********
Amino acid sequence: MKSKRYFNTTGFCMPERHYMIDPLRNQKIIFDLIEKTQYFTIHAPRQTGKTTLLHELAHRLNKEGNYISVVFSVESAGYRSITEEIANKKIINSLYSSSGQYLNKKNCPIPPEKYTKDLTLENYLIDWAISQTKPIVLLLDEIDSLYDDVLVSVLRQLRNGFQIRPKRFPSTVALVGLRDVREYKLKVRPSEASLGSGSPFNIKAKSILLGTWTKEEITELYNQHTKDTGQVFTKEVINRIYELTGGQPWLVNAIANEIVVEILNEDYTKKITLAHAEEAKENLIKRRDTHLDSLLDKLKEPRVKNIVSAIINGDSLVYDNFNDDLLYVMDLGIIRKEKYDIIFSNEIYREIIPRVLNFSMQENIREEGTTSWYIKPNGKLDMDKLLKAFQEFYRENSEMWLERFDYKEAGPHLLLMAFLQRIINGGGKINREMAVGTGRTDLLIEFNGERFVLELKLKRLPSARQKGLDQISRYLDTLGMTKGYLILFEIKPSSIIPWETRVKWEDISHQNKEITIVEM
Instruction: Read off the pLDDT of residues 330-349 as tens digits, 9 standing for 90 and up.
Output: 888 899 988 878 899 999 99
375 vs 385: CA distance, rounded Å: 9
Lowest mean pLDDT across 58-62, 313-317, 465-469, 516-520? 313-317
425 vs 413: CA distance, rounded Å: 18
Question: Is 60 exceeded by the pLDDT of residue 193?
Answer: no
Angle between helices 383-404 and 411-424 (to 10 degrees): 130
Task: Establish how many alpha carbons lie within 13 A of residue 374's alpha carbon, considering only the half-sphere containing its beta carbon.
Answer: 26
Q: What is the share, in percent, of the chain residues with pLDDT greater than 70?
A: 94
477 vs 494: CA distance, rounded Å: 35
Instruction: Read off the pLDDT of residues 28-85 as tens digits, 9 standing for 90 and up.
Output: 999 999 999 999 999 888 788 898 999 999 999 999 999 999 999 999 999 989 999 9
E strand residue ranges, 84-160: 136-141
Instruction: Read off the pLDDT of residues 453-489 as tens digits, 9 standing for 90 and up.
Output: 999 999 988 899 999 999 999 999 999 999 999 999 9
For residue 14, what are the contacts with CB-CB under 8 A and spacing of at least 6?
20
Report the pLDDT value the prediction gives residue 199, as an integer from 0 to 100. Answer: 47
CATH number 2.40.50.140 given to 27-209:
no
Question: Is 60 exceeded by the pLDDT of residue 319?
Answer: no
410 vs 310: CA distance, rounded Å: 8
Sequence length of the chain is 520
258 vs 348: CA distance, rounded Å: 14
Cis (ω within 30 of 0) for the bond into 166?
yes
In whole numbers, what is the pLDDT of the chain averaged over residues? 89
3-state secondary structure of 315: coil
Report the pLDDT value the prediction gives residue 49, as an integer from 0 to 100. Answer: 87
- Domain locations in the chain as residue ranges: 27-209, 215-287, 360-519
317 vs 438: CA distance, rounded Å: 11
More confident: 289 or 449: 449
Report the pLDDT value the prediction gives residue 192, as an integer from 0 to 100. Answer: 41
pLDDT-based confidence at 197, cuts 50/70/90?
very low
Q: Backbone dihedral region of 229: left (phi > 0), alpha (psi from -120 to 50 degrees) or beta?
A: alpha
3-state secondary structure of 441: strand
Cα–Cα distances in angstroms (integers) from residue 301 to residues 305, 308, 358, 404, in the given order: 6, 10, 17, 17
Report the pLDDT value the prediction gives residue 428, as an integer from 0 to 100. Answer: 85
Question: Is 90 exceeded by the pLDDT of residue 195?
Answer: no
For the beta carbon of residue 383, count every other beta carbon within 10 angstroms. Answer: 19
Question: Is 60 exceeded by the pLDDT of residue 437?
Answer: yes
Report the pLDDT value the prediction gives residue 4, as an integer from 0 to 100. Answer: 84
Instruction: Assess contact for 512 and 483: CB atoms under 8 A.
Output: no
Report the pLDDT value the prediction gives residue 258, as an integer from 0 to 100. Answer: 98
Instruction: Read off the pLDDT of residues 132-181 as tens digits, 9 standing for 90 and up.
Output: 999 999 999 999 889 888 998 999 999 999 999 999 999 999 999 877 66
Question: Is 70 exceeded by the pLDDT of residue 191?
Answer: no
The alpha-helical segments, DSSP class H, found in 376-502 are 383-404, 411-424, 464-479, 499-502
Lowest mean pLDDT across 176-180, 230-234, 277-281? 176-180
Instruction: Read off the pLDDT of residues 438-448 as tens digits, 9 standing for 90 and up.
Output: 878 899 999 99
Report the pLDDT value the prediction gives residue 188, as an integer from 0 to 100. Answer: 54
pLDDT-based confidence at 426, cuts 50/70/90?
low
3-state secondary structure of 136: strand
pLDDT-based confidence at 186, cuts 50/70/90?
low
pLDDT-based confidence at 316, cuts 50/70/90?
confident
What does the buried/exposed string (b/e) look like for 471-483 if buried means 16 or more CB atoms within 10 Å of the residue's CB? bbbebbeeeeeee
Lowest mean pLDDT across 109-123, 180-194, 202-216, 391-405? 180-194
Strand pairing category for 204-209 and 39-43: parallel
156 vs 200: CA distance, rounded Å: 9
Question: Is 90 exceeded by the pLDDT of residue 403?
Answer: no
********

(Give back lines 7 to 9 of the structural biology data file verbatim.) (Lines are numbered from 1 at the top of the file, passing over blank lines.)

Question: Is 60 exceeded by the pLDDT of residue 193?
Answer: no
Angle between helices 383-404 and 411-424 (to 10 degrees): 130